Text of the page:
Engineering the Workingman’s Holiday
Sep 1, 2014
by Michael MacRae ASME.org
Over the course of the past 120 Labor Days, the original meaning of the federal holiday has taken a back seat to the opportunity for one last summer blowout. But someone had to fight for our right to party. Along with crusading journalists, social reformers, suffragettes, and labor advocates, mechanical engineers of the late 19th and early 20th centuries were the instruments of sweeping change in American life, both on and off the job.
Engineering’s role in the drama of labor reform is complicated. On one hand, their machines of mass production threatened craftsmen and laborers as the engines of unemployment. On the other hand, engineering knowledge helped enhance workers’ quality of life by fueling equipment manufacturing standards and safety codes. And as workers themselves, engineers of the machine age shared the same desire for a collective voice at the bargaining table.
Before labor reform, American industry was a much more dangerous place, where the new machines of mass production could instantly turn into haywire tools of mass destruction and loss of life. Children were a mainstay of the workforce. As steam power transformed the landscape of the mechanized age, a preponderance of little-noticed explosions and fires linked to steam boilers across the country finally gained national attention with the Grover Shoe Factory tragedy of 1905. After the Brockton, MA, boiler explosion killed 58 workers, injured 117 more, and leveled the factory, government agencies and professional organizations such as ASME came together to develop standards to protect workers and prevent catastrophic loss to businesses. ASME’s venerable Boiler and Pressure Vessel Code (B&PVC) was developed in the aftermath and first published in 1915.
In 1911, a fire at lower Manhattan’s Triangle Shirtwaist Factory killed 146 garment workers in a blaze of uncertain origin. Although a stray match or cigarette got the official blame, other reports of the time implicated a malfunction in the factory’s sewing machinery. Whatever the cause, many workers perished because the factory owners had locked the stairwell doors as a precaution against worker theft and unauthorized work breaks. With vivid press reports of young immigrant women leaping from upper stories to their deaths to escape the flames, national attention fixed on workplace safety and the need for regulation. The American Society of Safety Engineers organized soon after, and continues to set engineering standards to minimize worker mishaps.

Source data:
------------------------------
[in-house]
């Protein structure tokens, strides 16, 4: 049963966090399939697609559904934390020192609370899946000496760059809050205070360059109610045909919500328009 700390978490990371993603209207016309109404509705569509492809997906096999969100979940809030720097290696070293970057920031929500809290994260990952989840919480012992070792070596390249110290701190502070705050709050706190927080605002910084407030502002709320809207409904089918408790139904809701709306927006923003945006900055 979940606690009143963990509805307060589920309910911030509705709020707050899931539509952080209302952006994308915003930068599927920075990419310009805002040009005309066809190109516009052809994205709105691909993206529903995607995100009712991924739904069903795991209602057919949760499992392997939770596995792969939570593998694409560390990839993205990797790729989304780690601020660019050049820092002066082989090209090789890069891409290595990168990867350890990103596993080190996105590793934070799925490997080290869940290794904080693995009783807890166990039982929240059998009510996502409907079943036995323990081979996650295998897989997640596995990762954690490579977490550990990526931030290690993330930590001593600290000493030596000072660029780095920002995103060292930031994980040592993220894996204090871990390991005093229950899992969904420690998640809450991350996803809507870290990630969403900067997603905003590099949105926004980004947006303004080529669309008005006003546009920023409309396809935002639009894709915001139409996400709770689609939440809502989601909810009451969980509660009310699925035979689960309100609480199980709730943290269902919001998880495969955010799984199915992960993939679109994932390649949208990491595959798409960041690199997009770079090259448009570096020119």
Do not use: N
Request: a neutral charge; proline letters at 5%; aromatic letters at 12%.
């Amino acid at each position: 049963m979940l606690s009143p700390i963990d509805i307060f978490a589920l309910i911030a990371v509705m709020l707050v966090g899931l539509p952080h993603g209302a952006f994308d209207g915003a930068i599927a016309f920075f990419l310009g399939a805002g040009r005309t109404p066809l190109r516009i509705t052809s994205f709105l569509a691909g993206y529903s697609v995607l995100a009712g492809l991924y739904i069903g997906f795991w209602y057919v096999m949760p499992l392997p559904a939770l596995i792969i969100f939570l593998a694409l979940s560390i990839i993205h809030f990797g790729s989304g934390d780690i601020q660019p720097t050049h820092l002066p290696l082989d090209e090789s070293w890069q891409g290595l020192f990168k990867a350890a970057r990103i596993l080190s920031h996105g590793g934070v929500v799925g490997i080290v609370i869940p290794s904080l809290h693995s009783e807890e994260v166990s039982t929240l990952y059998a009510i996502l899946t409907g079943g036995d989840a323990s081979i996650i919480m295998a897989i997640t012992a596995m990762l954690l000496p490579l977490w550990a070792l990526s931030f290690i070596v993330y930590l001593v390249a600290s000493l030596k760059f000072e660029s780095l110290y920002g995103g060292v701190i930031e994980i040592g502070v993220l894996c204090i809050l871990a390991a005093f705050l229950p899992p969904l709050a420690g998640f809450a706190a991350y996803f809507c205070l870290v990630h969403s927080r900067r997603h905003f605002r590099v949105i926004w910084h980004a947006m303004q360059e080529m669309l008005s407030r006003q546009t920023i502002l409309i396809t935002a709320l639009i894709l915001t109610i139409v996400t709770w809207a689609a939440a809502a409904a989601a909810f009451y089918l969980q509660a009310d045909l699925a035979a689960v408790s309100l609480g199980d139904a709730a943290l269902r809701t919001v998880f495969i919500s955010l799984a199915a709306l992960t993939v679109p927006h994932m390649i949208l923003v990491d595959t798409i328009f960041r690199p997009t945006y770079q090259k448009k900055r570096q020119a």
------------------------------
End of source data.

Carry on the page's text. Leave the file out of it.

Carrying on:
Man Versus Machine
“Many workmen in trades have fought and borne awful sacrifices in the fight against the introduction of a new machine or a new tool,” said Samuel Gompers, founder of the American Federation of Labor. “Some have even gone so far as to violently destroy the machine, but it did not destroy the idea.”
Mankind’s struggle against the dehumanizing effects of mechanization is one of the central conflicts of our time. From England’s loom-smashing Luddites, to the American steel-driving folk hero John Henry, to radical 20th century acts of industrial sabotage, a segment of the industrial workforce has put its rage against the machine into action.
When the demand for labor drops after the introduction of a new machine, it’s called technological unemployment. The fear of losing one’s livelihood to a newfangled device has driven workers to violence, sabotage, and intentional withdrawal of productivity. The adjustment to mechanization was especially challenging for skilled craftspeople who had learned the ins and outs of their profession over years of apprenticeship.
Engineer Frederick W. Taylor of Bethlehem Steel believed the opposite model was better for industrial productivity. His method broke down complex manufacturing processes into the smallest possible steps and assigned each worker the fewest possible tasks, so factory production could accelerate and the need for skilled labor would drop significantly. His Scientific Management theories, first presented at a 1903 ASME conference, were an overt effort to eliminate skilled workers from the factory payroll. Predictably, the approach caught on like wildfire, and skilled workers represented by trade unions of the AFL were suddenly, in Gompers’ words, “thrown into the army of the unskilled.”
Even as the old-time craft unions resisted change, a new element of mass production workers seeking union representation arose within the labor movement. Industrial unions arose among machine operators and other new semi-skilled or unskilled workers willing to make peace with new technologies and the changing division of labor. By 1935, a Committee for Industrial Organizations – today’s CIO – formed within the AFL in response.
On the other end of spectrum, highly educated scientists and engineers in government and private sector organizations sought strength in numbers. The International Federation of Professional and Technical Engineers was chartered by the American Federation of Labor in 1918 to represent a national coalition of shipyard draftsmen and architects. The International Association of Machinists and Aerospace Workers, the Utility Workers Union of America, and other affiliate groups of the AFL-CIO’s Department for Professional Employees look after member interests, especially at the federal level, where key issues include the NASA budget, privatization of the Tennessee Valley Authority, military base shut-down, and immigration reform.
That uneasy power balance between organized labor, automation, and individual interests creates a curious tension around Labor Day, and engineers have been in the thick of it since the beginning.
Michael MacRae is an independent writer.
Many workmen in trades have fought and borne awful sacrifices in the fight against the introduction of a new machine or a new tool.Samuel Gompers